Small Acts of Kindness: The Love of a Child

By Jennifer Hallmark

No one can show kindness like a child. Young children have a generally happy, carefree look at life, not yet jaded by the pain and sorrow associated with growing up.

My granddaughter, Phoebe, came to visit one day, bearing the gift of a picture she’d drawn for my refrigerator. The simple drawing of me and her with lots of love touched my heart and I still display it to this day.

If you have children you care for, encourage them to draw or make simple gifts for people around you that need to be lifted up. This doesn’t have to be expensive but it can make the world of difference for someone struggling.

The difference made by the love of a child…

P.S. And I love that she drew me with long hair 🙂


Small Acts of Kindness: Give Thanks in All Circumstances


By Lindsey P. Brackett

I passed a church sign today. Give thanks in all circumstances. I use that verse in my debut novel, and when my main character, who’s had her share of tragedy, reads it, she wonders if it’s possible, really, to always give thanks.

Two years ago, our Thanksgiving was marked by similar questions. Two years ago this time was when we first began to suspect something was wrong with our youngest daughter. When we first took her to a doctor and were told we weren’t crazy. When we first realized this might be the beginning of the end.

Or the end of the beginning.

During those first six weeks of tests and blood draws and hospital stays and tears cried until my throat was raw and my knees burned from the carpet at the alter, I could not give thanks. I could not find a way to see gratitude because I was blinded by fear.

And then one day, I did.

I stood in the cold hallway of a children’s hospital and watched a man, a father of a child much smaller than mine, ask the nurse for toothpaste. They had left with almost nothing and found themselves confined to the neurology floor of a place where people spoke in whispers and used words parents are not always equipped to understand.

He caught my eye, this man who shared my fear, and he smiled. I had dirty hair and red-rimmed eyes and hands that shook around my coffee; I had no smile for anyone.

But he had one for me.

I began to make a list, Ann Voskamp style. A daily list of random acts of gratitude, of ways I still felt loved even when they sent us home and the neurologist called two days later and had us come back.

Someone brought us dinner. Gift cards came in the mail. My editor gave grace on a deadline, and so many other mamas stepped in for our three other children. The day we went across the state line to the Birmingham specialist, my husband’s truck broke down. The receptionist at the mechanic shop drove us to our appointment—and she picked us up.

Give thanks in all circumstances. It’s the only way to live thanksgiving, really. We gather around these feast-filled tables one day out of every year, but in reality, we should give the same thanks over the bowl of soup or peanut butter sandwich that graces our plates the rest of the time.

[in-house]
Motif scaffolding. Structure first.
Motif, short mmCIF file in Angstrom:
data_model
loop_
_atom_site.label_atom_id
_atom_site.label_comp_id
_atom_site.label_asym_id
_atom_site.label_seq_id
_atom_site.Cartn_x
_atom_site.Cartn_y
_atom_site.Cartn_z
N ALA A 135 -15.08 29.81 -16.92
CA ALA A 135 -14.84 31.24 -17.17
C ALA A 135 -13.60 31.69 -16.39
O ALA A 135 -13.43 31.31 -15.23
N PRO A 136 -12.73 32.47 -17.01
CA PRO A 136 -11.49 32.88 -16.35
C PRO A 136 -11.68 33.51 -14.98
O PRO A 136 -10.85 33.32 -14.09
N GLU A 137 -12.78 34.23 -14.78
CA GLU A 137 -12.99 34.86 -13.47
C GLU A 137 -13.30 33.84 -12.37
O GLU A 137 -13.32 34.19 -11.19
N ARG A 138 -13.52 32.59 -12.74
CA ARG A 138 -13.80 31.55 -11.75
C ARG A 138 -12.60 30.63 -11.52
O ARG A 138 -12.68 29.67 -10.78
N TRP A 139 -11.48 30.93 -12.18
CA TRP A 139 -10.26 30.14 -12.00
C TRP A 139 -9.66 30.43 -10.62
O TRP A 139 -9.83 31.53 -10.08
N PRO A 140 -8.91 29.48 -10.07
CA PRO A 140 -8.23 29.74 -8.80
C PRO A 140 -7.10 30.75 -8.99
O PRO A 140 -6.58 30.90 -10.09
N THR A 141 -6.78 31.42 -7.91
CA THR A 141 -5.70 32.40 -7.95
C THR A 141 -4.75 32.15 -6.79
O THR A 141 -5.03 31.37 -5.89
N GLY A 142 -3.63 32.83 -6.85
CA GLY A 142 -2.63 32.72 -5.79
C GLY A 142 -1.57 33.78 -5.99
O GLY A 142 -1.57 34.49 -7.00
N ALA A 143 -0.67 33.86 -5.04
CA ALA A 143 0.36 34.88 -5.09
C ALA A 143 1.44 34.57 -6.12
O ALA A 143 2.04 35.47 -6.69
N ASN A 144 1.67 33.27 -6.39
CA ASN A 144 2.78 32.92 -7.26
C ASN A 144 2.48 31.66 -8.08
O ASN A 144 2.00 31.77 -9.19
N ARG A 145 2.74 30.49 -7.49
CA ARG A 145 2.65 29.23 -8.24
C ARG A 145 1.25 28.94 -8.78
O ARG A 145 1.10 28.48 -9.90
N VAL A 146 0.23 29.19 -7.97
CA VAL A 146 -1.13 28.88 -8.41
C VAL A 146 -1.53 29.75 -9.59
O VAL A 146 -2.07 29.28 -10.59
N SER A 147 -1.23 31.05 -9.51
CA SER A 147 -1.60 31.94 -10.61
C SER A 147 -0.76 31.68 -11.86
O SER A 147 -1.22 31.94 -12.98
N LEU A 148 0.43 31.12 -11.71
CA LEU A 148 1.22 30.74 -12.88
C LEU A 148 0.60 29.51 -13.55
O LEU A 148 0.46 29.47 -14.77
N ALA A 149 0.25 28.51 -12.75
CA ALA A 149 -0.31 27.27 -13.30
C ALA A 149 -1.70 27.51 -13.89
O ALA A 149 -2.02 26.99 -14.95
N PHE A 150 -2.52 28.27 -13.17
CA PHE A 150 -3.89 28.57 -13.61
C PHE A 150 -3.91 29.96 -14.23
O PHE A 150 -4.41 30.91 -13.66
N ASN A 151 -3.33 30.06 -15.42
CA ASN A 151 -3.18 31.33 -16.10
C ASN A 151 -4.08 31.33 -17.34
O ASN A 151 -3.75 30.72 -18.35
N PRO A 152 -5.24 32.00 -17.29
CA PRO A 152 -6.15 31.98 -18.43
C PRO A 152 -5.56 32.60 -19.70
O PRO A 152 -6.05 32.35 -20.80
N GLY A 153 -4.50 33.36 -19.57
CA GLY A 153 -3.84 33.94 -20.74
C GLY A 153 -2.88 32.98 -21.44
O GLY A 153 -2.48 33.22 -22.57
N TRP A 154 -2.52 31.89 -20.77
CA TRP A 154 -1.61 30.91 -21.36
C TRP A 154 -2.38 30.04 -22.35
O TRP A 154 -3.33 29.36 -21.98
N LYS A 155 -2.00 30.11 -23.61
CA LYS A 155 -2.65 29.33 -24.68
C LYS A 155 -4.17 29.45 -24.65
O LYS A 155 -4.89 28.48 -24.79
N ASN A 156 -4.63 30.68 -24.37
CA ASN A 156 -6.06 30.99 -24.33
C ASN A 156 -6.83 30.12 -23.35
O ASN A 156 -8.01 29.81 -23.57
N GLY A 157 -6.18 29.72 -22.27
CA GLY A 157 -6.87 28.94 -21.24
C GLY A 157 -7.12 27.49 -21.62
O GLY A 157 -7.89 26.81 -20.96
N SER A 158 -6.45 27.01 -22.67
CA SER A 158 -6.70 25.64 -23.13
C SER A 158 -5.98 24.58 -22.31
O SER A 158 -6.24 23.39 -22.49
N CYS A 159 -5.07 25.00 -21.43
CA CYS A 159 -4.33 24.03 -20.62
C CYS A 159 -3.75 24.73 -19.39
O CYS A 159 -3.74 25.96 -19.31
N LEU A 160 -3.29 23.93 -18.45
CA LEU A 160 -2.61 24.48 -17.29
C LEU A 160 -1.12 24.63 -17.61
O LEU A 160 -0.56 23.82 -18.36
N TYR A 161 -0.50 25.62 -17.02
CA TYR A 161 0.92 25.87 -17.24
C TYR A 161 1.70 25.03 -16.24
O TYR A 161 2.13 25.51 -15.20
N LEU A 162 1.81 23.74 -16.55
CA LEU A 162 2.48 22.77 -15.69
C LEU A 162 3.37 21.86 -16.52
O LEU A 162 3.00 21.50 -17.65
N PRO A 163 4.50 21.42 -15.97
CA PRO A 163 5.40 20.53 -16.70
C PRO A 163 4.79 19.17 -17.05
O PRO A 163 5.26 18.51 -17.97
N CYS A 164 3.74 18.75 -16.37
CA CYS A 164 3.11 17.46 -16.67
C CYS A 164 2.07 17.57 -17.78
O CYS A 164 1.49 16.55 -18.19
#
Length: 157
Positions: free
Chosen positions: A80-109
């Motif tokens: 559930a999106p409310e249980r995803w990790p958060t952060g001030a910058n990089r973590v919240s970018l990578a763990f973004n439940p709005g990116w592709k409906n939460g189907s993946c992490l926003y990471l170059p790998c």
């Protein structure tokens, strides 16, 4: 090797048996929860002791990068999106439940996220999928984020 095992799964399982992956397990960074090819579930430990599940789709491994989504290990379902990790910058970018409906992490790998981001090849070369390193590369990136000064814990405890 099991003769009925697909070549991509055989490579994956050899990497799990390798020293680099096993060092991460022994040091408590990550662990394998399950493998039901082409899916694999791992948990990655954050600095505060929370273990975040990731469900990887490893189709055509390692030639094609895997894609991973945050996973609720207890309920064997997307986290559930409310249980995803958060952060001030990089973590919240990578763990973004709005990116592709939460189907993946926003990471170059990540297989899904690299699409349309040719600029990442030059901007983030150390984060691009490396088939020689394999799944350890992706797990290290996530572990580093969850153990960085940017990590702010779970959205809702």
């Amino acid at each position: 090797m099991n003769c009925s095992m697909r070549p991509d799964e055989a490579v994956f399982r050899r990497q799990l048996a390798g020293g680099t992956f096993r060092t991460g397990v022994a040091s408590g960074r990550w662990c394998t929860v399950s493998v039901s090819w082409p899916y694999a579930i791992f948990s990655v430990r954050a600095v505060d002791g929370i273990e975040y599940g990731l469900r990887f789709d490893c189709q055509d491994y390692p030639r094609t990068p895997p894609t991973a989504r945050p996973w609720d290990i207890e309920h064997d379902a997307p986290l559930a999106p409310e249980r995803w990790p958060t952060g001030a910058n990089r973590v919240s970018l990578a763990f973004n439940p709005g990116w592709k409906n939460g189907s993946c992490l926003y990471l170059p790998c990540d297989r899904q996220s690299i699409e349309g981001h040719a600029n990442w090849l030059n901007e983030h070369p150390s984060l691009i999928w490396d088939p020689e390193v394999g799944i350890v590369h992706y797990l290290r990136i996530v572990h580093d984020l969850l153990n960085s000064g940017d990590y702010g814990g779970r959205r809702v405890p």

If we can give thanks in the bounty, we must also give it in the meager. If we can give thanks for the new home, better car, bigger paycheck—then we must also give it for the diagnosis and the doctors and the anxiety. Eventually, grace always overcomes. Just watch and you’ll see.

Somewhere in those darkest moments, those worst of times, there will be goodness, there will be kindness, there will be faithfulness. Give thanks in all circumstances—perhaps, especially, in ones that bring us fear.

Click to tweet: Finding thankfulness in all circumstances. #SmallActsofKindness #KindnessMatters

Award-winning writer Lindsey P. Brackett once taught middle grades literature, but now she writes her own works in the midst of motherhood. A blogger since 2010, she has published articles and short stories in a variety of print and online publications including Thriving Family, Country Extra, HomeLife, Northeast Georgia Living, Splickety Magazine, Spark Magazine, and Southern Writers Magazine.

In both 2015 and 2017, she placed in the top ten for Southern Writers Magazine Best Short Fiction. Previously, Lindsey served as Editor of Web Content for the Splickety Publishing Group, and currently she is a general editor with Firefly Southern Fiction, an imprint of LPC Books. In addition, she writes a popular column for several North Georgia newspapers.

Still Waters, influenced by her family ties to the South Carolina Lowcountry, is her debut novel. A story about the power of family and forgiveness, it’s been called “a brilliant debut” with “exquisite writing.” A Georgia native, Lindsey makes her home—full of wet towels, lost library books, and strong coffee—at the foothills of Appalachia with her patient husband and their four rowdy children.

Connect with her at, where she Just Writes Life, on Facebook as Lindsey P. Brackett, on Instagram @lindseypbrackett, or on Twitter @lindsbrac.

Still Waters

Cora Anne Halloway has a history degree and a plan—avoid her own past despite being waitlisted for graduate school. Then her beloved grandmother requests—and her dispassionate mother insists—she spend the summer at Still Waters, the family cottage on Edisto Beach.

Despite its picturesque setting, Still Waters haunts her with loss. Here her grandfather died, her parents’ marriage disintegrated, and as a child, she caused a tragic drowning. But lingering among the oak canopies and gentle tides, this place also tempts her with forgiveness—especially since Nan hired Tennessee Watson to oversee cottage repairs. A local contractor, but dedicated to the Island’s preservation from development, Tennessee offers her friendship and more, if she can move beyond her guilt over his father’s death.

When the family reunion brings to light Nan’s failing health, Cora Anne discovers how far Tennessee will go to protect her—and Edisto—from more desolation. Now she must choose between a life driven by guilt, or one washed clean by the tides of grace.

Small Acts of Kindness: MOPS: Mothers of Preschoolers

december2016daycareBy Julie Arduini